The NSR is the main part of the NEP, but as it begins and ends in Russian territory, the Russian government argues that it is under its direct jurisdiction. In other words, that it is an internal waterway and is not considered an international passage.

If the passageway was defined as a route from say East Asian ports to Western Europe, then its multinational character would raise demands that it be administered as an international waterway and be subject to the provisions of the UN Law of the Sea Treaty.

Russia has argued that the NSR consist of a series of passages "along coastal, marine, high latitudinal and near polar routes." The latter two routes, however, are well outside Russia's 200-mile exclusive zone.

The polar route from the Barents Sea to the Bering Straits follows the great circle route across the geographical North Pole and would be entirely in international waters. It is about 700 miles shorter than the coastal route. The latter two routes have been traversed by military vessels accompanied by icebreakers but, to date, have not been a viable route for commercial shipping.

The coastal route is made up of a series of different sailing lanes ranging from 2,200 to 2,900 nautical miles. It connects the Kara, Laptev, East Siberian and Chukchi seas via some 50 different straits across three archipelagos: the Novaya Zemlya, Severnaya Zemlya and the New Siberian Islands.

The eastern end of the NSR is shallower, limiting the maximum size of ships traversing the NSR. The average depth of the Chukchi Sea is 286 feet/88 meters and that of the East Siberian Sea is 188 feet/58 meters. In the straits connecting the two seas, however, the minimum depth is 26 feet/8 meters.

In addition, the Arctic ice pack tends to persist longer and can block the entrances to navigational straits, including the Long Strait and the Vilkitsky Strait.

Currently, the western portion of the NEP is ice-free for about five to six months of the year, while the eastern portion is open for the three summer months.

Russia opened the NSR to international shipping on July 1, 1991. Prior to that date, only Russian ships were permitted to use the NSR. At the same time, Moscow organized the Northern Sea Route Administration (NSRA). Ships wishing to transit the NSR are required to obtain a permit from the NSRA.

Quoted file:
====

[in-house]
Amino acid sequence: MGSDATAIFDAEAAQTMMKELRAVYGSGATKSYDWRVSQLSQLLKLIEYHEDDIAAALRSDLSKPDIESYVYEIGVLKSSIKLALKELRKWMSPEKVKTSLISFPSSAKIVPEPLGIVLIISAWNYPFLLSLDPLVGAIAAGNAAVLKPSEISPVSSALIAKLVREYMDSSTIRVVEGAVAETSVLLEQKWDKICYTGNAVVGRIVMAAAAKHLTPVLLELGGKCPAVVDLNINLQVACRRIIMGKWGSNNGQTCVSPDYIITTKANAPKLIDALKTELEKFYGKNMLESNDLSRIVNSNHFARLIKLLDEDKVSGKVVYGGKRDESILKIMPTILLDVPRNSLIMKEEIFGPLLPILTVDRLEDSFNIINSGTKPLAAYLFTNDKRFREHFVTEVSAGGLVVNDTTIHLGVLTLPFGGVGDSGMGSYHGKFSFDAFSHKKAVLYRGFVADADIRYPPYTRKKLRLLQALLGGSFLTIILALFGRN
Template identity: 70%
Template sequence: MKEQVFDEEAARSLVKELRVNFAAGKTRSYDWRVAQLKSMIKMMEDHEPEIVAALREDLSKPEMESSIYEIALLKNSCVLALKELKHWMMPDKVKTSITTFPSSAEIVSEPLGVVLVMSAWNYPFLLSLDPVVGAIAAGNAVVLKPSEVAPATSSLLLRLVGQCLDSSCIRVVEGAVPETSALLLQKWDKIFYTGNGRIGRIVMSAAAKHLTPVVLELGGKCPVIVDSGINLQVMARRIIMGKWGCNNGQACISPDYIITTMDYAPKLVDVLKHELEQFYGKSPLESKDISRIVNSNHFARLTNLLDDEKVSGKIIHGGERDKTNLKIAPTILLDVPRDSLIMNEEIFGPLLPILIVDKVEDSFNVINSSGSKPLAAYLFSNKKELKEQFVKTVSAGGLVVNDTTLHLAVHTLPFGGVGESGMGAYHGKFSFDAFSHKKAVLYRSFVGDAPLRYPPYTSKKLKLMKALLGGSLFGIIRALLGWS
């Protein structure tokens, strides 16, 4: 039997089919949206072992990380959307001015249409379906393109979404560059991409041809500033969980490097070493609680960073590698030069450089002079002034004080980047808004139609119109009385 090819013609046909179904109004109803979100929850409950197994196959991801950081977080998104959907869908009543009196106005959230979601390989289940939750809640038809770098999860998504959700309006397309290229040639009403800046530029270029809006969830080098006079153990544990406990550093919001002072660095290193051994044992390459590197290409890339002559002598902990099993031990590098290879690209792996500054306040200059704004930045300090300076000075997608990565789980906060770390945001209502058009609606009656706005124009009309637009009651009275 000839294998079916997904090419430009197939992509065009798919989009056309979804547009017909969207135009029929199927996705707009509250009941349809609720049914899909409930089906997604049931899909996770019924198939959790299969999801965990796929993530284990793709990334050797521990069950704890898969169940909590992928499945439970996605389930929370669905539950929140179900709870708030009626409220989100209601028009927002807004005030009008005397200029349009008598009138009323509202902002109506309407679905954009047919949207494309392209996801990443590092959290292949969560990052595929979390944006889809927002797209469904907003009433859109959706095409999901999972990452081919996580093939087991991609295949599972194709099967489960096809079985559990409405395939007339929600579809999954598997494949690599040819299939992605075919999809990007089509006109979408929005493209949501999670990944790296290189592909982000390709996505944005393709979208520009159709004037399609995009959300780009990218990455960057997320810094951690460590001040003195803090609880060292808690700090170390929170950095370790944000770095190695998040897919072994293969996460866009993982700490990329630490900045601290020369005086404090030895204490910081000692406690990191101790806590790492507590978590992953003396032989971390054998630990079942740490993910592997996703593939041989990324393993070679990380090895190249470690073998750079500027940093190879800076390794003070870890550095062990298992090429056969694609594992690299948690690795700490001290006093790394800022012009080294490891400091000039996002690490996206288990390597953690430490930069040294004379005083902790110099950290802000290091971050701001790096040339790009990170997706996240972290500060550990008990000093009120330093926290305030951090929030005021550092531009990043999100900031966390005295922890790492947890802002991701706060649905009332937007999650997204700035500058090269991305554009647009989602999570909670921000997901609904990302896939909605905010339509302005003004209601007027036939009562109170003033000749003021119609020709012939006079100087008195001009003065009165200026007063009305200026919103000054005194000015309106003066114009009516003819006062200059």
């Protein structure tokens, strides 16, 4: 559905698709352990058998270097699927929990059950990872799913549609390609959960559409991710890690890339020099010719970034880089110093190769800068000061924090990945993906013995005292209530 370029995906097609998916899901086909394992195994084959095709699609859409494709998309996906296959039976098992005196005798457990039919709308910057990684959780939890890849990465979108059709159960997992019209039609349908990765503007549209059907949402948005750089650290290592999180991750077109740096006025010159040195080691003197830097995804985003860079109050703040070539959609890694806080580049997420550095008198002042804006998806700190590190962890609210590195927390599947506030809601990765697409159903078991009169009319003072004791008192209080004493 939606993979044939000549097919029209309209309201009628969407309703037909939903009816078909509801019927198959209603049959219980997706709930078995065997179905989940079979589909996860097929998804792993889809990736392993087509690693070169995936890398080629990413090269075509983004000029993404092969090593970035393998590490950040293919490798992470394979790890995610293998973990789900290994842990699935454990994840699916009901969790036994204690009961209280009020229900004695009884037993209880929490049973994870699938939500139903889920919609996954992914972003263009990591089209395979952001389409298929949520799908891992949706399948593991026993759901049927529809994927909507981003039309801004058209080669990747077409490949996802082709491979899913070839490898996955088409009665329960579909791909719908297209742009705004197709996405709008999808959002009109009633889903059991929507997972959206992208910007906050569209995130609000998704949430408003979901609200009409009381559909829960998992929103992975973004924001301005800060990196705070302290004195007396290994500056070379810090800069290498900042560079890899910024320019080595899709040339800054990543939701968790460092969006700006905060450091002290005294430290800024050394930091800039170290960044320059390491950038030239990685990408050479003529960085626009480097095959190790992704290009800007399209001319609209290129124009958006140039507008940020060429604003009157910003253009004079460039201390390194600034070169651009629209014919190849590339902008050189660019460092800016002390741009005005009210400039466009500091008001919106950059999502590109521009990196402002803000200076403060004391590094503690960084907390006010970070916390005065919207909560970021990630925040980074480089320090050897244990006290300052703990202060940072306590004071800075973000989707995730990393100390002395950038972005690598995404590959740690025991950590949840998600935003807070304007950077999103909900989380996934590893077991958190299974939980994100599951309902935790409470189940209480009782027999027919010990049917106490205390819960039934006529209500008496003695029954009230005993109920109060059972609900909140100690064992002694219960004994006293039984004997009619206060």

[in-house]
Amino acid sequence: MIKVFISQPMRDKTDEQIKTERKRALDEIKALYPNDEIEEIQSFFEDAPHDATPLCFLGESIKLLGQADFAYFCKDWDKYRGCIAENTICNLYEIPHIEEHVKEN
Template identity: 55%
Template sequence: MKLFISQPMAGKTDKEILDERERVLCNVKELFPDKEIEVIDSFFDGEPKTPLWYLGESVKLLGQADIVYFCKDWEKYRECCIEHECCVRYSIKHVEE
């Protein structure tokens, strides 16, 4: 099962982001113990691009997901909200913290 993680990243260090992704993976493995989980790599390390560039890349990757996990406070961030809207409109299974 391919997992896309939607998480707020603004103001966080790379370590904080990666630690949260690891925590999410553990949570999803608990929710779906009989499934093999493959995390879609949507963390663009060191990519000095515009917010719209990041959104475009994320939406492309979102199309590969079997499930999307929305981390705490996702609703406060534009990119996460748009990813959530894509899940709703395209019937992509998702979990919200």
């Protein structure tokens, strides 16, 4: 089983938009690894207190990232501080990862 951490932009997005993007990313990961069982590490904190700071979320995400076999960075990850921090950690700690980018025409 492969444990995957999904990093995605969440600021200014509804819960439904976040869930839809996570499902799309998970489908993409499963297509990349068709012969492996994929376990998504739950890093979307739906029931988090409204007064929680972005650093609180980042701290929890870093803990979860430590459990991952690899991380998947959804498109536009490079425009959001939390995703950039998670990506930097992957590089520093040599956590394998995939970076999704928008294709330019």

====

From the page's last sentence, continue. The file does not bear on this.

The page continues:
As the extent of Arctic sea ice has retreated, Moscow has stressed the economic advantages of using the NSR. At a conference in 2011, designed to highlight the benefits of the NSR, then Prime Minister Vladimir Putin declared, "The Arctic is the shortcut between the largest markets of Europe and the Asia-Pacific region...It is an excellent opportunity to optimize costs."

Historically, the NSR played an important role in resupplying the approximately 100 Russian military bases, research stations and towns along Russia's Arctic coast. At its peak, the USSR maintained a fleet of 38 powerful icebreakers, six of which were nuclear powered.

This was more ice breakers than the rest of the world combined. In addition, a commercial fleet of around 700 vessels with ice-strengthened hulls operated on a year around basis conducting coastal trade.

In 2009, two German cargo vessels, the Beluga Fraternity and the Beluga Foresight, traveled from the South Korean port city of Uslan to Rotterdam across the NSR. They were the first international ships to traverse that route.

The number of foreign ships increased to 71 in 2013. Since then the number has varied between two and four dozen. In 2016, approximately 7.5 million tons of cargo were shipped on the NSR, although a significant amount of this was internal Russian shipping.

The NSRA issues several hundred permits a year, but the majority of these are for Russian ships traversing a portion of the NSR. Most of these ships are bringing supplies to various hydrocarbon development projects in the Russian Arctic. They are not traversing the entire length of the NSR.

Ships traveling from Norway to China can make the journey via the NEP in 21 days versus 37 days traveling via the Suez Canal. A typical cargo ship would save between $15,000 and $20,000 a day. In the example above, that would represent a savings of around $300,000 per voyage. The cost of being accompanied by a Russian icebreaker is several hundred thousand dollars, which means small convoys of two or three ships would have a significant savings.